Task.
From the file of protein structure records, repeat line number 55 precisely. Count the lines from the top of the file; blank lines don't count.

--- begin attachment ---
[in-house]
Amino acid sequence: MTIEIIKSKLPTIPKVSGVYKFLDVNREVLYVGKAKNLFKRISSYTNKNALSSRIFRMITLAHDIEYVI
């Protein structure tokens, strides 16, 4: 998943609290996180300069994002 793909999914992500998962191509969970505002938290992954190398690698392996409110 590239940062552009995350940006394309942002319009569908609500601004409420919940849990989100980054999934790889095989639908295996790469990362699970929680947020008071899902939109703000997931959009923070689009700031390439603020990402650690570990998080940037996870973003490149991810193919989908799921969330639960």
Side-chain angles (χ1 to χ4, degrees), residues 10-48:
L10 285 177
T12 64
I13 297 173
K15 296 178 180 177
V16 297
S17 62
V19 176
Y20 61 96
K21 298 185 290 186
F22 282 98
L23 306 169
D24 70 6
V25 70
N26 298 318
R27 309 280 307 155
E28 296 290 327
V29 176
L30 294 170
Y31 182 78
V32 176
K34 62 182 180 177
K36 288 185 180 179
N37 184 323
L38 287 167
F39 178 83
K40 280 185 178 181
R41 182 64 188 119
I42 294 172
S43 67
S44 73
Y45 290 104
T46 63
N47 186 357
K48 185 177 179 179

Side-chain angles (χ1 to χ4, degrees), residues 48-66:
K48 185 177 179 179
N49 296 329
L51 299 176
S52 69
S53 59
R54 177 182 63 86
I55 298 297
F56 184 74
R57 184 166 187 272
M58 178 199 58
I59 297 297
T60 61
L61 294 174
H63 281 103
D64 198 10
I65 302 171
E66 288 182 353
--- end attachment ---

I65 302 171